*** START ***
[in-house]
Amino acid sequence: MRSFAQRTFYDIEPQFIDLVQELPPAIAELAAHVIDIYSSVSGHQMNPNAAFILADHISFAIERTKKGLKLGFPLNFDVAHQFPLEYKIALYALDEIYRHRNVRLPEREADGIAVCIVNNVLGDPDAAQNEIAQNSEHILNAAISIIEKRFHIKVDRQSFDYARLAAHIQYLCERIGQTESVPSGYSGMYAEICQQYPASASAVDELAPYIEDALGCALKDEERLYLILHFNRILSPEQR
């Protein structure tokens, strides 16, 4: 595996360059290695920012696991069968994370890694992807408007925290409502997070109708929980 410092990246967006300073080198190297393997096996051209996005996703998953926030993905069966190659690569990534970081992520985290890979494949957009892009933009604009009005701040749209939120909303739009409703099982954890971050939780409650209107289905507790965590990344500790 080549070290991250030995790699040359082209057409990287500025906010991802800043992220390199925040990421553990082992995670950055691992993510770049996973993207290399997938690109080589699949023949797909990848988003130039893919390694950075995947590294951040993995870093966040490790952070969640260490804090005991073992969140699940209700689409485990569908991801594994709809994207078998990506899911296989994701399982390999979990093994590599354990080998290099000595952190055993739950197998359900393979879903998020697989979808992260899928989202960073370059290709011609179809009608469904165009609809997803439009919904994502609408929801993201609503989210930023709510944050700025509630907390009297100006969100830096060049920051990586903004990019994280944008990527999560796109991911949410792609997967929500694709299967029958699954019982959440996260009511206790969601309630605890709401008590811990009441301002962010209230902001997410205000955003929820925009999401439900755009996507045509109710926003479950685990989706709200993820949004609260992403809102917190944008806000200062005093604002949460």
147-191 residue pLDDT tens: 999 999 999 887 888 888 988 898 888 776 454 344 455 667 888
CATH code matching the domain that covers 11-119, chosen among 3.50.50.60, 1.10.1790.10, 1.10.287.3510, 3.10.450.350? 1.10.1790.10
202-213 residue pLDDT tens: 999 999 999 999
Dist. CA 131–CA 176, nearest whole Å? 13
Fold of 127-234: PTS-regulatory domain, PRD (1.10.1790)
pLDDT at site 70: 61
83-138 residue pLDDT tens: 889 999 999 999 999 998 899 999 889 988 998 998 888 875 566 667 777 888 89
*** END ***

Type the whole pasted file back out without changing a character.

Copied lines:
[in-house]
Amino acid sequence: MRSFAQRTFYDIEPQFIDLVQELPPAIAELAAHVIDIYSSVSGHQMNPNAAFILADHISFAIERTKKGLKLGFPLNFDVAHQFPLEYKIALYALDEIYRHRNVRLPEREADGIAVCIVNNVLGDPDAAQNEIAQNSEHILNAAISIIEKRFHIKVDRQSFDYARLAAHIQYLCERIGQTESVPSGYSGMYAEICQQYPASASAVDELAPYIEDALGCALKDEERLYLILHFNRILSPEQR
């Protein structure tokens, strides 16, 4: 595996360059290695920012696991069968994370890694992807408007925290409502997070109708929980 410092990246967006300073080198190297393997096996051209996005996703998953926030993905069966190659690569990534970081992520985290890979494949957009892009933009604009009005701040749209939120909303739009409703099982954890971050939780409650209107289905507790965590990344500790 080549070290991250030995790699040359082209057409990287500025906010991802800043992220390199925040990421553990082992995670950055691992993510770049996973993207290399997938690109080589699949023949797909990848988003130039893919390694950075995947590294951040993995870093966040490790952070969640260490804090005991073992969140699940209700689409485990569908991801594994709809994207078998990506899911296989994701399982390999979990093994590599354990080998290099000595952190055993739950197998359900393979879903998020697989979808992260899928989202960073370059290709011609179809009608469904165009609809997803439009919904994502609408929801993201609503989210930023709510944050700025509630907390009297100006969100830096060049920051990586903004990019994280944008990527999560796109991911949410792609997967929500694709299967029958699954019982959440996260009511206790969601309630605890709401008590811990009441301002962010209230902001997410205000955003929820925009999401439900755009996507045509109710926003479950685990989706709200993820949004609260992403809102917190944008806000200062005093604002949460």
147-191 residue pLDDT tens: 999 999 999 887 888 888 988 898 888 776 454 344 455 667 888
CATH code matching the domain that covers 11-119, chosen among 3.50.50.60, 1.10.1790.10, 1.10.287.3510, 3.10.450.350? 1.10.1790.10
202-213 residue pLDDT tens: 999 999 999 999
Dist. CA 131–CA 176, nearest whole Å? 13
Fold of 127-234: PTS-regulatory domain, PRD (1.10.1790)
pLDDT at site 70: 61
83-138 residue pLDDT tens: 889 999 999 999 999 998 899 999 889 988 998 998 888 875 566 667 777 888 89